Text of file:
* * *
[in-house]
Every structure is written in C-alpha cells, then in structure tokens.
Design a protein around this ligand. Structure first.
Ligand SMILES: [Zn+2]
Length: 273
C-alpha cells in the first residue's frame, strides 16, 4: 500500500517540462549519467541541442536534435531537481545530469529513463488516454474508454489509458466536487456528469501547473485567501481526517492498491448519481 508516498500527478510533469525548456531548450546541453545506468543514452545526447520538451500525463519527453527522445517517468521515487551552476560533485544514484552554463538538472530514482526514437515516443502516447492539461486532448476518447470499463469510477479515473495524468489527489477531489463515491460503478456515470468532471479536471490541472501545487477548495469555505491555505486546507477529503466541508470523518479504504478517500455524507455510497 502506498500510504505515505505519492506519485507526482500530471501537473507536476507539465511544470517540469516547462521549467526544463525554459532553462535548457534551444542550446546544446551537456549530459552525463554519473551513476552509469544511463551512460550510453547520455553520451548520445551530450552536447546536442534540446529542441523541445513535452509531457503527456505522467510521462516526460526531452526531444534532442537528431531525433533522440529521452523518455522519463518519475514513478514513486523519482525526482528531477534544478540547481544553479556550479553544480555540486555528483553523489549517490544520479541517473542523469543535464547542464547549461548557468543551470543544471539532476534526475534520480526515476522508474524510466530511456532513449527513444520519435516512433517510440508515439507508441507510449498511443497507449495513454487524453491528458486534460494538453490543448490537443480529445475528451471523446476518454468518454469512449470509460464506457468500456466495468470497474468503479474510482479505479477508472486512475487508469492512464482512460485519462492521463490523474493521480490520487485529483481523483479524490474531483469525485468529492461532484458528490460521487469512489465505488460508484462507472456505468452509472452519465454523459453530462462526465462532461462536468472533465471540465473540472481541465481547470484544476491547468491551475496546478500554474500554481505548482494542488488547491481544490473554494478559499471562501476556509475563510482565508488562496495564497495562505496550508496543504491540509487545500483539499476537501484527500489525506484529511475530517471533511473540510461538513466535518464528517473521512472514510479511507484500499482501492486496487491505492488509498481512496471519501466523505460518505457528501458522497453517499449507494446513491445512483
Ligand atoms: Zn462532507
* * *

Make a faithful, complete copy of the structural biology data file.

[in-house]
Every structure is written in C-alpha cells, then in structure tokens.
Design a protein around this ligand. Structure first.
Ligand SMILES: [Zn+2]
Length: 273
C-alpha cells in the first residue's frame, strides 16, 4: 500500500517540462549519467541541442536534435531537481545530469529513463488516454474508454489509458466536487456528469501547473485567501481526517492498491448519481 508516498500527478510533469525548456531548450546541453545506468543514452545526447520538451500525463519527453527522445517517468521515487551552476560533485544514484552554463538538472530514482526514437515516443502516447492539461486532448476518447470499463469510477479515473495524468489527489477531489463515491460503478456515470468532471479536471490541472501545487477548495469555505491555505486546507477529503466541508470523518479504504478517500455524507455510497 502506498500510504505515505505519492506519485507526482500530471501537473507536476507539465511544470517540469516547462521549467526544463525554459532553462535548457534551444542550446546544446551537456549530459552525463554519473551513476552509469544511463551512460550510453547520455553520451548520445551530450552536447546536442534540446529542441523541445513535452509531457503527456505522467510521462516526460526531452526531444534532442537528431531525433533522440529521452523518455522519463518519475514513478514513486523519482525526482528531477534544478540547481544553479556550479553544480555540486555528483553523489549517490544520479541517473542523469543535464547542464547549461548557468543551470543544471539532476534526475534520480526515476522508474524510466530511456532513449527513444520519435516512433517510440508515439507508441507510449498511443497507449495513454487524453491528458486534460494538453490543448490537443480529445475528451471523446476518454468518454469512449470509460464506457468500456466495468470497474468503479474510482479505479477508472486512475487508469492512464482512460485519462492521463490523474493521480490520487485529483481523483479524490474531483469525485468529492461532484458528490460521487469512489465505488460508484462507472456505468452509472452519465454523459453530462462526465462532461462536468472533465471540465473540472481541465481547470484544476491547468491551475496546478500554474500554481505548482494542488488547491481544490473554494478559499471562501476556509475563510482565508488562496495564497495562505496550508496543504491540509487545500483539499476537501484527500489525506484529511475530517471533511473540510461538513466535518464528517473521512472514510479511507484500499482501492486496487491505492488509498481512496471519501466523505460518505457528501458522497453517499449507494446513491445512483
Ligand atoms: Zn462532507